Carol Zimmerman [Lane Tech HS]
Setup: 2 photo-gates and a cart with a mass to equal 2kg total, and twine connected through a pulley and a weight to accelerate he system... The times through the photo-gate with just enough mass to accelerate the system. Starting the acceleration as close as possible to the first photo-gate to effectively have it at 0 velocity. for 32cm distance times of 0.988 for 2kg, .682 for 3Kg, .599 for 4Kg cart masses would produce a slope of 1.4 where 2.0 was expected. Why?
In the discussion a point was brought up as the system mass was the Cart + Hanging mass therefore should the mass suspended be subtracted from the cart so that the total mass was 2kg. Since it was "physics" there were problems with the apparatus, and when it was fixed we ran out of time for discussion.
Professor John O'Leary [IIT Department of Civil Engineering]
Bridge Design Discussion on bending and shear ---------X-------- X O Note: one end fixed and other on rollers to permit expansion ----------| |---------- Stress moments ? . . . . . . . . . Bending moments ? | . | Force / area = strain \\no units | . < / | . / Young's | . < /modulus |._________________ ? = E e -----------Geometry of Section------------- ....... . . M l/2 Pl . . = _____ = ---- . . I 4 . . ....... a factor of 8 is gained by making the height larger than girth. ....... .......... . . . . . . . . becomes . Thus maximum strength . . . is obtained by a thin ....... . taller structure with .......... a top and bottom.. The "I" beam Which also can translate to the truss x...............x . . . . . . . . . . . . x..............x...............x spots labeled x are where members are joined and provide the strongest points ( a good place for the load ) Note--Like a strip of paper it is strong in one plane and care must be made to prevent buckling (twisting) failures Note: bridges often fail by twisting, rather than from material failure. New Rules-abutments are possible. Now the bottom (or resting surface) can be fixed, as in the above one had to be variable, not it could be fixed and allow less materials used to prevent stretching when using an arch. ---------Compression vs Tension ------------ Side view Comp mass of a beam ________.______><_______.______________. | . . . . . | | . . . . . | | . . . . . | |._______________.______<>______._______| Tension at the top there will be a force to compress; at the bottom there will be force to spread In a cable system there will be tension pull > . . < pulling . . . <> tension . . . The shape of the wire will itself determined by the load and could be a parabola and an arch will be sort of mirror >< force compression . . . . . . . . Force <> tension a cable could be used Interesting side Bar --after meeting Load points should be junctions of members Load Points _______x_________________x_______ . . * . . * . . . * . . ________________________________ side view ......... . .. . . . . . .. . . . . . x members to help .. . . prevent twisting ......... failures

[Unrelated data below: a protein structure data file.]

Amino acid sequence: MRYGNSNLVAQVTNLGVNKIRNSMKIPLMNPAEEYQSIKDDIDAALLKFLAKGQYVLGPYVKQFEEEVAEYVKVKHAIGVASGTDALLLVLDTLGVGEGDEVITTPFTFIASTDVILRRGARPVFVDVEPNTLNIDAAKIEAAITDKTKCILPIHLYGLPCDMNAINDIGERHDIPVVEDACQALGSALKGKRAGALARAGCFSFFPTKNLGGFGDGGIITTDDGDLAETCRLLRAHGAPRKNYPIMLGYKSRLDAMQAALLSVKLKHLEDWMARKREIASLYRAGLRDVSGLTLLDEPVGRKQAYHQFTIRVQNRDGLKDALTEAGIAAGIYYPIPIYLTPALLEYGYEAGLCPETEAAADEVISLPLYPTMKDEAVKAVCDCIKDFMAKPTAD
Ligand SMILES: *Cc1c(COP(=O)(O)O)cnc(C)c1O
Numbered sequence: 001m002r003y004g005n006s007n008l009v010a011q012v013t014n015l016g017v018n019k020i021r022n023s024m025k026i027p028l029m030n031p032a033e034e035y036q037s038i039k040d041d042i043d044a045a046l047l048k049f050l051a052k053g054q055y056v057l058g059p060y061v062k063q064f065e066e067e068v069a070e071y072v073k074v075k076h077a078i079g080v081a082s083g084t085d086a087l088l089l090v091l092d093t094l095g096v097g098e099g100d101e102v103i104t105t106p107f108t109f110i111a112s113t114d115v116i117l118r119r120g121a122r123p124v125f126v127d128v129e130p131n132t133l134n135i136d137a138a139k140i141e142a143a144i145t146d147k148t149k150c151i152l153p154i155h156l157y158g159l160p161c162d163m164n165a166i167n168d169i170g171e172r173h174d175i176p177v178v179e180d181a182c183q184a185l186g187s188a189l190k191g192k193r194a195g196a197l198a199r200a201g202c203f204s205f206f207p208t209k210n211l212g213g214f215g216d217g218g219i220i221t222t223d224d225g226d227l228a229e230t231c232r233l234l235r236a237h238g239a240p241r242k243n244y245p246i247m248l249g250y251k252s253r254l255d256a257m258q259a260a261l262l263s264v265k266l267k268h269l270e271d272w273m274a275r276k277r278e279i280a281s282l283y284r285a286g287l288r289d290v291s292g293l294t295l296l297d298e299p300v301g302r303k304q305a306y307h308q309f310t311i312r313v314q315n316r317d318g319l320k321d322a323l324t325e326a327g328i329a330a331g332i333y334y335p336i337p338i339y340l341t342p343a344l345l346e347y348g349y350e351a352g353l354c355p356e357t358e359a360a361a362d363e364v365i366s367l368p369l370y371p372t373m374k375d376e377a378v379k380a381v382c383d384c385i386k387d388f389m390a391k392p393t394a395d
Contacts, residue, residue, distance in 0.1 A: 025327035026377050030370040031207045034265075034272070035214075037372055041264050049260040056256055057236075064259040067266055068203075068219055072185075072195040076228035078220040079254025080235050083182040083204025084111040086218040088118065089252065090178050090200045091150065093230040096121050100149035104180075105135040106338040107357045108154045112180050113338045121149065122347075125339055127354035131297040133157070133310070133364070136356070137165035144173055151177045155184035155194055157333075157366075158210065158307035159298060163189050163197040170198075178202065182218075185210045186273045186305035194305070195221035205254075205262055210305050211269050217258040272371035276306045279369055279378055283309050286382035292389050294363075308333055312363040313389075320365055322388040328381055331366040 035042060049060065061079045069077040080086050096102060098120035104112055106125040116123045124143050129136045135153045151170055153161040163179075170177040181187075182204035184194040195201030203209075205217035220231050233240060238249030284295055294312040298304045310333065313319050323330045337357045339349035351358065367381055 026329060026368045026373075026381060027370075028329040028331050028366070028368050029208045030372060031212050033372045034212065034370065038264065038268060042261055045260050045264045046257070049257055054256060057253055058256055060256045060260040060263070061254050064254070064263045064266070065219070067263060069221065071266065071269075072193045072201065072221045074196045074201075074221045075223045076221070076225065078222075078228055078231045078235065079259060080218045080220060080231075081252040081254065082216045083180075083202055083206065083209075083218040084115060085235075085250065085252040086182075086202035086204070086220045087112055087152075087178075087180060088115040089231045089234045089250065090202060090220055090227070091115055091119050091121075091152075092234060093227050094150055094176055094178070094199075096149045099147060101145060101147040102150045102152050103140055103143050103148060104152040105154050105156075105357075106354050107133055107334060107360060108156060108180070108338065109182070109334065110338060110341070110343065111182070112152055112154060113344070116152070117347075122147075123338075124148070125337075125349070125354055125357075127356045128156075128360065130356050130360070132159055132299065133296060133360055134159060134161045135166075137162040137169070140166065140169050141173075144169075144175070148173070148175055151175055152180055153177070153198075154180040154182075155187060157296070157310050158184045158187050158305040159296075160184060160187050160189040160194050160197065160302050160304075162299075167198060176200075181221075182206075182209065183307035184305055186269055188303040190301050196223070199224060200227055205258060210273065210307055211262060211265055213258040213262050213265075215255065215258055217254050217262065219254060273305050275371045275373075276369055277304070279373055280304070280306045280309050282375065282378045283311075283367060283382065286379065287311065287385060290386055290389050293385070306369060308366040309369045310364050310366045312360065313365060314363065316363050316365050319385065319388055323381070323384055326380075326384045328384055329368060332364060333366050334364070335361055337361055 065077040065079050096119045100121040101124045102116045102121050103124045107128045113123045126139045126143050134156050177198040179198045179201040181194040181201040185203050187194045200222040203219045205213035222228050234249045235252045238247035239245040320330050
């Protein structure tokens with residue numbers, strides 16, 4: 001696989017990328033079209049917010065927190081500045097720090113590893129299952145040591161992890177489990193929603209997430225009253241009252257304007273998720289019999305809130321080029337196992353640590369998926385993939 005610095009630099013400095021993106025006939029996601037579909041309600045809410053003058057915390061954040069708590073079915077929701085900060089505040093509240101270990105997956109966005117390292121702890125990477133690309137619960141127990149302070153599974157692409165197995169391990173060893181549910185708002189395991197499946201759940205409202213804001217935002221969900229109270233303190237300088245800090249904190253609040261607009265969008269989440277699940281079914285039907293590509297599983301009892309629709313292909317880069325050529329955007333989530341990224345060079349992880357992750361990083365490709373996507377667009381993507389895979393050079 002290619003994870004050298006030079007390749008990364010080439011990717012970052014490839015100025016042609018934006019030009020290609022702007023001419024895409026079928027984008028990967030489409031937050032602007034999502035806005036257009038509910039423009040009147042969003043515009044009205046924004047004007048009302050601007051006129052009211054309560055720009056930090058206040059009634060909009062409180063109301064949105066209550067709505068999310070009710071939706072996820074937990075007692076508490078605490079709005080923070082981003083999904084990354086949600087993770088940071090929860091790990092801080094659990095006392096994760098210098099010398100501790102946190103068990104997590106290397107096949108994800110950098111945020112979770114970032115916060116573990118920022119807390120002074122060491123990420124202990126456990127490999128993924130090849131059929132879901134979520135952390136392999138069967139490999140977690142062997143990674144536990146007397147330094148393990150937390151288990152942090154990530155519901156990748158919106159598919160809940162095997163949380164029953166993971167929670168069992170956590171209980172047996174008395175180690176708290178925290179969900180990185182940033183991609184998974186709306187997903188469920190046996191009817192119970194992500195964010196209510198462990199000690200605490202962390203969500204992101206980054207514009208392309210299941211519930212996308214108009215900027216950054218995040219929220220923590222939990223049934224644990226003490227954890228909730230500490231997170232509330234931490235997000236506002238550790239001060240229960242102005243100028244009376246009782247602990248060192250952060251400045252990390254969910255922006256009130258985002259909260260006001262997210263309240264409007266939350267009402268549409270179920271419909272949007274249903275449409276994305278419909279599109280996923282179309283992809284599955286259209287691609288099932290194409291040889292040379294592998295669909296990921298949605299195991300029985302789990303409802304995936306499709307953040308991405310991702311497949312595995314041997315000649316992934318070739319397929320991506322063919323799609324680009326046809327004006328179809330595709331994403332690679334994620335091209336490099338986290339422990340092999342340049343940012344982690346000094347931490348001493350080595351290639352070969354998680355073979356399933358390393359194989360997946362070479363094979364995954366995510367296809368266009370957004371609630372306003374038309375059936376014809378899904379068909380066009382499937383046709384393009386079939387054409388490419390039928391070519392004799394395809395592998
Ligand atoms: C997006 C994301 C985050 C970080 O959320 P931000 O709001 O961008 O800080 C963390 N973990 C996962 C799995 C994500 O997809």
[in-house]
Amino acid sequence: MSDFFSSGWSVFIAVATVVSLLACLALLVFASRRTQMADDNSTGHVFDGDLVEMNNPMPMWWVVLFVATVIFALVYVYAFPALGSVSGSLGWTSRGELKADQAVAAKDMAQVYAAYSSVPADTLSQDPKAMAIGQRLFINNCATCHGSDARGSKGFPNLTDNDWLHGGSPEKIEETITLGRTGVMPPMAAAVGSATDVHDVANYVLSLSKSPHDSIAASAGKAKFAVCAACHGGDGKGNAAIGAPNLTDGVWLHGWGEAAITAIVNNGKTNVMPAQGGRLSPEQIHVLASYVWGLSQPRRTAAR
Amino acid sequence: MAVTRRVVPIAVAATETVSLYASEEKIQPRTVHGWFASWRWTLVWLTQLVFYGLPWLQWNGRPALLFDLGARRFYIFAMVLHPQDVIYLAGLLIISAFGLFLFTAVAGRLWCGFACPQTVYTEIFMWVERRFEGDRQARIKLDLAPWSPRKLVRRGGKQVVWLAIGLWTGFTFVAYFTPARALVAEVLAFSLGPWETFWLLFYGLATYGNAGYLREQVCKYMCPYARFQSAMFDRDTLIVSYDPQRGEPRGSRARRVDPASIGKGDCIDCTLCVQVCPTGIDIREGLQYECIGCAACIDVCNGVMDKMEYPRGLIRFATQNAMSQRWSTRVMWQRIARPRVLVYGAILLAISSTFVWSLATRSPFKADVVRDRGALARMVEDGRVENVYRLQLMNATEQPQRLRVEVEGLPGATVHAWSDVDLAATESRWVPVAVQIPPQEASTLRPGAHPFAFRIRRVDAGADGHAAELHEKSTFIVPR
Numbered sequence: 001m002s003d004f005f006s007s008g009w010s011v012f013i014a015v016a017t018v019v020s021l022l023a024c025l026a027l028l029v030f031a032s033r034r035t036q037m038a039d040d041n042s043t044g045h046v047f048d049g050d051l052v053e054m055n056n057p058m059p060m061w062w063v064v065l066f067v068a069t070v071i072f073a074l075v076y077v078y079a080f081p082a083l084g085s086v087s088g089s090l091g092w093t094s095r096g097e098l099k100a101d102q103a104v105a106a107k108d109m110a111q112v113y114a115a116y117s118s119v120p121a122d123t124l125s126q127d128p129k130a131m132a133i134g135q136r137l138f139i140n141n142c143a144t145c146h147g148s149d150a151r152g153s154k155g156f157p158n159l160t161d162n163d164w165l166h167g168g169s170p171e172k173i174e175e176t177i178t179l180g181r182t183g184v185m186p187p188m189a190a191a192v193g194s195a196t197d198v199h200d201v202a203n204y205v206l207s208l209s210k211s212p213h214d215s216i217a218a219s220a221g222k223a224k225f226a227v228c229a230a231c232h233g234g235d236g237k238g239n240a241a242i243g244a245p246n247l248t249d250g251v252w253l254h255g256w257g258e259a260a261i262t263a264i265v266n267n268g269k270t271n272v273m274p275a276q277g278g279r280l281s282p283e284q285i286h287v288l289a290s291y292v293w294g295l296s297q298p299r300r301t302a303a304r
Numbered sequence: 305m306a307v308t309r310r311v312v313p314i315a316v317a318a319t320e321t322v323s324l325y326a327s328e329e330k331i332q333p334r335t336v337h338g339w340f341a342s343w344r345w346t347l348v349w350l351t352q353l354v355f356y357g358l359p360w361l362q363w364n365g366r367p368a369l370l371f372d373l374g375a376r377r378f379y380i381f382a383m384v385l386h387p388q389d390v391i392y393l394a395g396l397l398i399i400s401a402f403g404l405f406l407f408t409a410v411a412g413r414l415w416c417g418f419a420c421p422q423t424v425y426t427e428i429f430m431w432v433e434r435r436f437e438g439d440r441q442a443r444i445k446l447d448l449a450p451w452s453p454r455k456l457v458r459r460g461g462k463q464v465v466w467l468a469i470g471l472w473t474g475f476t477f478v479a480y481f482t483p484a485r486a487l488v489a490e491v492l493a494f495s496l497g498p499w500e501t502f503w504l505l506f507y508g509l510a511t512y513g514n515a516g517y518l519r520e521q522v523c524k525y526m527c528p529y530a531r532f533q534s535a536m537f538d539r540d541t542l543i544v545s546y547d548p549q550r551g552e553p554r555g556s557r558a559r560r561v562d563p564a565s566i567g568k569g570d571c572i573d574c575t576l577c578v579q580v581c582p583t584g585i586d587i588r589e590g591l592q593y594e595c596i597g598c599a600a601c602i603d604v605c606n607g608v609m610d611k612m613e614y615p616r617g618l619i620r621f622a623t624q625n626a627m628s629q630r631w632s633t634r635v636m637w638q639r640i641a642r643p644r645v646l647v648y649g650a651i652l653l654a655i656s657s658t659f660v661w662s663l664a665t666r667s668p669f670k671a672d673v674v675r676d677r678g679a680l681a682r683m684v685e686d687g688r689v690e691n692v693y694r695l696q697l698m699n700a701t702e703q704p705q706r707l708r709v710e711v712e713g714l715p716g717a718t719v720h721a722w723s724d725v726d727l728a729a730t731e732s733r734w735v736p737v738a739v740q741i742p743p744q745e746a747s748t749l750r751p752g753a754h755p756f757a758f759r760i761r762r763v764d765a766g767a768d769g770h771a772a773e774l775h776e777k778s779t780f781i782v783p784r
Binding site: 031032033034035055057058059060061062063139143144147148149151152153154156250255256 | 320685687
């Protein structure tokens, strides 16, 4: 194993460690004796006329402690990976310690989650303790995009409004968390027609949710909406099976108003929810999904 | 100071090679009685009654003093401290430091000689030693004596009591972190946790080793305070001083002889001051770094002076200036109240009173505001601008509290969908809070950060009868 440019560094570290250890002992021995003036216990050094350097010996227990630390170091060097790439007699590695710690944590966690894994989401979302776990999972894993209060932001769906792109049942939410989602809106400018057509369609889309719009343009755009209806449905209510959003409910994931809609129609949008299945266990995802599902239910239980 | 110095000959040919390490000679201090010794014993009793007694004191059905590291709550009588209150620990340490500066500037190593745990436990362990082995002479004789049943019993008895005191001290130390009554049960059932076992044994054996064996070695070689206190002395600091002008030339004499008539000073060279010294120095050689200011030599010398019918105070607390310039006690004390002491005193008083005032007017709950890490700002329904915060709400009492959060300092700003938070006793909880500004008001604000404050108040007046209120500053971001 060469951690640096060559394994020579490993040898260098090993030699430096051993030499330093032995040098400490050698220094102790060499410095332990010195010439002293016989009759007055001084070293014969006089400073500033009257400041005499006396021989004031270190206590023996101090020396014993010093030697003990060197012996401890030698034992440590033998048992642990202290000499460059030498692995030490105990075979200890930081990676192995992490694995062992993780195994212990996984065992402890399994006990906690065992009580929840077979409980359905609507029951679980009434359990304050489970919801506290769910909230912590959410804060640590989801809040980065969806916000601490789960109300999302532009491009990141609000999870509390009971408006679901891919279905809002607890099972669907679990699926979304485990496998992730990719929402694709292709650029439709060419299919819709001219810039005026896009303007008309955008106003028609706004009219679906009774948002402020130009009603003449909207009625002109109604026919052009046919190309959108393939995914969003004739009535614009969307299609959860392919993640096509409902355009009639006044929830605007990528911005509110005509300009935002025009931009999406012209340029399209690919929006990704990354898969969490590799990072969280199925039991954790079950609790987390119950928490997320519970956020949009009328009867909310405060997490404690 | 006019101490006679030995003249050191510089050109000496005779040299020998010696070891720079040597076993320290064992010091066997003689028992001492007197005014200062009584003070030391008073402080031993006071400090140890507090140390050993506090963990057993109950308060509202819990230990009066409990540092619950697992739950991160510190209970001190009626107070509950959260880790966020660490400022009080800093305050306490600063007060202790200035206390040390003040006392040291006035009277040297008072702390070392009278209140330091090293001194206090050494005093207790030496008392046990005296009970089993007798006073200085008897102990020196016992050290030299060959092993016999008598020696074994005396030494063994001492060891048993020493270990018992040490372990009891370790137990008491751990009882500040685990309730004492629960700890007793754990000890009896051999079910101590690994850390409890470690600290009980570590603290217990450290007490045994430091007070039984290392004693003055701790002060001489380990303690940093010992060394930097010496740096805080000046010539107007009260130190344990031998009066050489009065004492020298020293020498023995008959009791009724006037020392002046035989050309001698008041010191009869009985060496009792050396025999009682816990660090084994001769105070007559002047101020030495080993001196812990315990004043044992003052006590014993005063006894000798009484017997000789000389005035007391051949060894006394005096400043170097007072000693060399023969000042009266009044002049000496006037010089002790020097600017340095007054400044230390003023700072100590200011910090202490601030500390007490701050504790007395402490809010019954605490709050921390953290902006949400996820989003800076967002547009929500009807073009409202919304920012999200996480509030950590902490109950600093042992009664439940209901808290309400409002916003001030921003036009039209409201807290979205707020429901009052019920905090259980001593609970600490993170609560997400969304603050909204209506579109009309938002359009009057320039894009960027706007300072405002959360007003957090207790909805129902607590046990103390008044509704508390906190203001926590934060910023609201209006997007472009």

Note: I saw an question someone had on a test where a locomotive 4 times the weight of a flat car hit and coupled, at 10Km/hr. My first thought was that there was a derailment and no conservation of movement on the tracks as they were dragged. I asked O'Leary's associate who seemed to be knowledgeable about Railroads....Coupling speed is done below 5 and at 10 damage may be result. I was interested in the comment that the power is much greater in toy trains that there may not be a realistic modeling.